Implications of new state universal screening legislation for all

SPECIAL GUEST BLOG FOR EDUCATORS from FULCRUM by Kareem Weaver, Executive Director, Liza Finkelstein Co-founder, and Devika Sood, Director of Program.

California’s new K-2 universal screening legislation (that goes by the name Education Omnibus Budget Trailer Bill) is a critical step for its educational system. It is an opportunity to engage in continuous improvement, leverage data, illuminate key actions, root out inequity, and ensure instruction is working for kids–all kids.

Why does this matter?

A 12th grade student describes her heartbreaking and inspiring journey with dyslexia, highlighting how years of pain and challenge could have been avoided if her dyslexia was detected earlier.  

What does this mean?

What does this new K-2 universal screening legislation mean for me, for my classroom, for my district? 

Universal screening is a critical tool that allows schools to act early, and a key step to ensuring that all kids learn to read proficiently, on time. 

So, let’s start with subduing fear about what it isn’t. Universal screeners don’t diagnose dyslexia–in fact, they don’t diagnose at all; they give us data about students’ mastery of grade level skills and inform our next steps. Remember–data is a flashlight not a hammer. 

Concrete steps the universal screening data can point us to:

As Nancy Young’s ladder of reading illustrates, research tells us that 95% of all students benefit from a structured, explicit, and sequential instructional approach to reading; for 65% of students it’s essential and all – including the other 35% – are advantaged by it.

So…if, for example, data from the screener shows that more than 20% of students are identified as “at-risk” (since we know that approximately 15% of the population is dyslexic) it could point to the need to strengthen Tier 1 instruction (aka universal or core instruction). 

Perhaps a curriculum review is needed to ensure alignment to Structured Literacy and SOR (science of reading) practices.

If you already have aligned practices, perhaps instructors need professional learning or coaching for stronger implementation OR perhaps literacy coaches need to calibrate on what implementation success even looks like through creating a shared rubric and conducting side by side walkthroughs.  

If, however, your Tier 1 instruction is being implemented effectively, perhaps the data sheds light on the need to strengthen your MTSS (Multi-tiered System of Supports). 

You may want to evaluate the alignment and implementation of Tier 2 (targeted) and Tier 3 (intensive) supports.  Is the curriculum or program aligned to the science? What is the format (small group or 1:1)? How about the dosage (frequency)? How consistently are students receiving supports?

If your Tier 2 and Tier 3 program is aligned and being implemented with integrity, you may want to ask these questions: Are we using the data to identify students who need intervention? What does targeted vs. intensive support look like? How – and how often – are we progress monitoring students to ensure they are responding to that targeted or intensive instruction? What supports do we layer on when students aren’t responding or making adequate growth?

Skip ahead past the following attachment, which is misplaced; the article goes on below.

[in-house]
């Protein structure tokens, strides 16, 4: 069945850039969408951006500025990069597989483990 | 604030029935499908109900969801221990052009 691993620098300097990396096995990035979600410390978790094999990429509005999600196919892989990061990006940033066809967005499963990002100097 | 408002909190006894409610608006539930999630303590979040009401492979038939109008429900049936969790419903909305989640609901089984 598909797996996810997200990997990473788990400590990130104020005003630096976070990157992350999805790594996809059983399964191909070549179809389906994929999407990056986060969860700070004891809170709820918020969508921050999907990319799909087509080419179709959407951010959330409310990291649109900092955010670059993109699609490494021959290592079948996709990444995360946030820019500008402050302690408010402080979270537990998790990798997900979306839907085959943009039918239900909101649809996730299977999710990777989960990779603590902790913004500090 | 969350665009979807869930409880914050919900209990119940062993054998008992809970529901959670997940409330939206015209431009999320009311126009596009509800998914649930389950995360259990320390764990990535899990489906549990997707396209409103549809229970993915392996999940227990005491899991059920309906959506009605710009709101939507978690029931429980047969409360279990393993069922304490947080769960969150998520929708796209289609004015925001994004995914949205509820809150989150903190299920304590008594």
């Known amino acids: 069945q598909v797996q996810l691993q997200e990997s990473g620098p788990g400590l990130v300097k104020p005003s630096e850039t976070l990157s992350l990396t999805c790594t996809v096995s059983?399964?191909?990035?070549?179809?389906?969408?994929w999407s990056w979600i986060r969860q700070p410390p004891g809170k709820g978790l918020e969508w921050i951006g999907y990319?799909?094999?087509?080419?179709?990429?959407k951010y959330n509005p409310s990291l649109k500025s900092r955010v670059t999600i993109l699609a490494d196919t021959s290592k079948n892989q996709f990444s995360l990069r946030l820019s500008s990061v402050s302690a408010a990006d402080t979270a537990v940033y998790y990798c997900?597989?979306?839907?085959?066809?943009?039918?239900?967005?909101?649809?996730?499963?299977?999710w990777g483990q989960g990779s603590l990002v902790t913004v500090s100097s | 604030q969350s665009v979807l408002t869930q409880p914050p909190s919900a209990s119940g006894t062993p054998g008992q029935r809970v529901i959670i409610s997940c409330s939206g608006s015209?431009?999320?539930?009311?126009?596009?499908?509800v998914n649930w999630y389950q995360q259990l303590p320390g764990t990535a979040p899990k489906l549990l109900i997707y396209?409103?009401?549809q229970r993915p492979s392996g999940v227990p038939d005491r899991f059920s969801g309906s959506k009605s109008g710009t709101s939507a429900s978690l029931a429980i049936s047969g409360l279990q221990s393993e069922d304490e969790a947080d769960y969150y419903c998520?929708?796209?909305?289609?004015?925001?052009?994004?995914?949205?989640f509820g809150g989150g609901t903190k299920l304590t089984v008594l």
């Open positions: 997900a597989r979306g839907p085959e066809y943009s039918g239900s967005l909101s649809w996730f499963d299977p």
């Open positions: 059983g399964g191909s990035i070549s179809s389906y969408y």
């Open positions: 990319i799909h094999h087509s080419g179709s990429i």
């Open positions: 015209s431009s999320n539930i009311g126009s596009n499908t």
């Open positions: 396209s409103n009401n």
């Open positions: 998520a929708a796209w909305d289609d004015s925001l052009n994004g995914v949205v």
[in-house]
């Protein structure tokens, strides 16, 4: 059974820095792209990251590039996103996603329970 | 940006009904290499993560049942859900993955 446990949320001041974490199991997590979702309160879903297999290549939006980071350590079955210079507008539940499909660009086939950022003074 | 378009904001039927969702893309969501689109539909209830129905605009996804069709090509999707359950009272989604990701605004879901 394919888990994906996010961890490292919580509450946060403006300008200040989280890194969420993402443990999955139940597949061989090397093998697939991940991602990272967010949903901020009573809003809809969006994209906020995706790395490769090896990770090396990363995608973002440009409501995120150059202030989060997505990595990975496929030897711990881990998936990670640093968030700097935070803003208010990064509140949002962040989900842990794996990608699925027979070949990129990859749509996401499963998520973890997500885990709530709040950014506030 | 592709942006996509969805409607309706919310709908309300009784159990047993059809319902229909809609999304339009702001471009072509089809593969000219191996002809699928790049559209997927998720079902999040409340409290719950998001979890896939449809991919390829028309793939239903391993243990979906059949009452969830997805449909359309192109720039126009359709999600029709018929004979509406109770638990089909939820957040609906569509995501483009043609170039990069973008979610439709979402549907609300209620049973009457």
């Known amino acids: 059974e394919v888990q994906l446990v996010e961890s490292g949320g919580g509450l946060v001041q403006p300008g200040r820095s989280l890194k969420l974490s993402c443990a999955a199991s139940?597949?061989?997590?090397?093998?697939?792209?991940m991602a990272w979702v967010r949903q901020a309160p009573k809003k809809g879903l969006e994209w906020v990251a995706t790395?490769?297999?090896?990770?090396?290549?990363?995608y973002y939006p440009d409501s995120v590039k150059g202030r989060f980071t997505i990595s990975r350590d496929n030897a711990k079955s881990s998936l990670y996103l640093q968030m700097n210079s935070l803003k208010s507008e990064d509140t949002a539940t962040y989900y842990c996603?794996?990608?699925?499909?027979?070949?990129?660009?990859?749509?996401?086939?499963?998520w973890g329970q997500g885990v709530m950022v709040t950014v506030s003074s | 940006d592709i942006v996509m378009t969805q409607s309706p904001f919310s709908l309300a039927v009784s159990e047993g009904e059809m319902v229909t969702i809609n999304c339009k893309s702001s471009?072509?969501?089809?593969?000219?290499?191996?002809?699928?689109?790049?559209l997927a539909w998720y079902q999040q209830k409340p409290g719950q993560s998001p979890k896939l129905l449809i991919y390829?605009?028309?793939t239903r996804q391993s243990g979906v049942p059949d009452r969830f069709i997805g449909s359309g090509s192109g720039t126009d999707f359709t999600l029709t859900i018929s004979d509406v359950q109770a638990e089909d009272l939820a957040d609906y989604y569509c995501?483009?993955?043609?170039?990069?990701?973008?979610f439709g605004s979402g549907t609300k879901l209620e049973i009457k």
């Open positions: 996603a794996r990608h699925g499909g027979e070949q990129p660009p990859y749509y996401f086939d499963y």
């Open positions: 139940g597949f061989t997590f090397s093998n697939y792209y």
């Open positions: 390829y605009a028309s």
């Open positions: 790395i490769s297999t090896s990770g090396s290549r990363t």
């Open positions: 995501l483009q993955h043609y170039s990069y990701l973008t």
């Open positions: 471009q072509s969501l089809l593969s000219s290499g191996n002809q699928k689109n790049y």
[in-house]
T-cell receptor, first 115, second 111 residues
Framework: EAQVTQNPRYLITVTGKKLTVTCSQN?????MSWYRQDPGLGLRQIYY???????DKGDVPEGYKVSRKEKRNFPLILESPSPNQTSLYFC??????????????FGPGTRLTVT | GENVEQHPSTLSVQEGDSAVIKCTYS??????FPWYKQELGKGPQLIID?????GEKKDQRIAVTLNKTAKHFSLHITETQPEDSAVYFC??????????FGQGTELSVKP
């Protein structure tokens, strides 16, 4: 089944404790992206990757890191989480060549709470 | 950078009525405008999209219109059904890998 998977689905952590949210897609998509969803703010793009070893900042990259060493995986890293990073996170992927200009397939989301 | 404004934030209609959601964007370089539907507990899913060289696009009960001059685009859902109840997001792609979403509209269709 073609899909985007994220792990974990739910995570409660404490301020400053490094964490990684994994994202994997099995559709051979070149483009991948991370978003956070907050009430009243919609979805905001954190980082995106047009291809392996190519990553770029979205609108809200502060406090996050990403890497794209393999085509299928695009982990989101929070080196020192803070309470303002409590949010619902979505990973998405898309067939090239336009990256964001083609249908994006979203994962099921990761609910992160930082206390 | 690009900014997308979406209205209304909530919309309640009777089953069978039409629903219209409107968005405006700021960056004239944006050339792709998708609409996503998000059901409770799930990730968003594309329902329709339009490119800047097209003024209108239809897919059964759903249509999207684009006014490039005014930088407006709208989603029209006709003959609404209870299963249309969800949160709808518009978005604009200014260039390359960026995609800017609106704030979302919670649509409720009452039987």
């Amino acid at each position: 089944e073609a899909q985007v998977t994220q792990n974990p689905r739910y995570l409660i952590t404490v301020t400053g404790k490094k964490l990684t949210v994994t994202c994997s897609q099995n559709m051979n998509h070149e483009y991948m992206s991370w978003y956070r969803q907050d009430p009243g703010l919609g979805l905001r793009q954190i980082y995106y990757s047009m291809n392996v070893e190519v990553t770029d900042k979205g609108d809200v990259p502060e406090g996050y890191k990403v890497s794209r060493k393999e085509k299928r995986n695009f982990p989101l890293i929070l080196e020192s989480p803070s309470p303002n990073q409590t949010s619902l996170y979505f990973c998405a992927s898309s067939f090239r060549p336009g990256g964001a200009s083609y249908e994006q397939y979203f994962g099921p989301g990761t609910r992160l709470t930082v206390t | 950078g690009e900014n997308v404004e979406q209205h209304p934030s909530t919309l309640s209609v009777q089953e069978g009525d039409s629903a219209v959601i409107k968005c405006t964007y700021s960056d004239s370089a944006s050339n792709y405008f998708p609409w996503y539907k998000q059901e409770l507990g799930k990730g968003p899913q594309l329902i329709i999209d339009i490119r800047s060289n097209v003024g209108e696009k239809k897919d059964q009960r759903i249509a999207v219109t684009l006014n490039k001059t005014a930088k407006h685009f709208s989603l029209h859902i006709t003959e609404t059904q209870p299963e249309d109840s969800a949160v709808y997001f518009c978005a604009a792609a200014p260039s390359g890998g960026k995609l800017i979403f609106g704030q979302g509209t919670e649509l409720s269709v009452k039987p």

Or, you may want to assemble a literacy committee that can answer the above questions, collectively problem solve, continuously engage in data cycles, and adjust, improve, or streamline the literacy system. Optimally, this team would include folks responsible for Tier 1, 2, and 3 academics.

Ready to get started? With universal screening coming down the pike, this is a great time to evaluate the implementation of your literacy program so that you have systems in place to respond to the data. Instruction Partners’ Literacy System Diagnostic is a great tool to help you do just that. It comes from their Early Literacy Hub if you’re interested in exploring more resources.

Interested in how to select a Universal Screener? FULCRUM will be sharing a selection criteria and considerations for selection soon.

PALO ALTO — an example of a CA district making huge gains for most vulnerable group thanks to use of a universal screener: 

Universal screeners help ensure all students’ right to read is protected. Screeners allow school systems to determine gaps in student learning and the systems designed to support all stakeholders.  

Palo Alto Unified, for example, decided to have ‘Excellence for All’ be their standard and refused to be satisfied until all subgroups were thriving. So, despite the district’s overall student achievement being comparatively strong, they decided to administer a universal screener for reading difficulty, including dyslexia.

The results pointed towards gaps in their ELA program. Grounded in evidence, they were able to move past ideology and chart a path towards ensuring all students would become proficient readers. 

The superintendent presented the board with a multi-year plan to overhaul professional learning, curriculum, assessment, and their intervention program. Consistent with the Oakland NAACP’s literacy petition (and aligned with best practices from around the country), a district literacy leadership role was created. 

In just two years, their lowest performing subgroup went from 20% average or above average to 47%. This is incredible growth in a very short period of time.  

Effectively screening students for early reading difficulty, including dyslexia, was the catalyst for Palo Alto addressing a solvable crisis.

To read more about what Palo Alto Unified has done since implementing a Universal Screener and results, see this article

What do you think?

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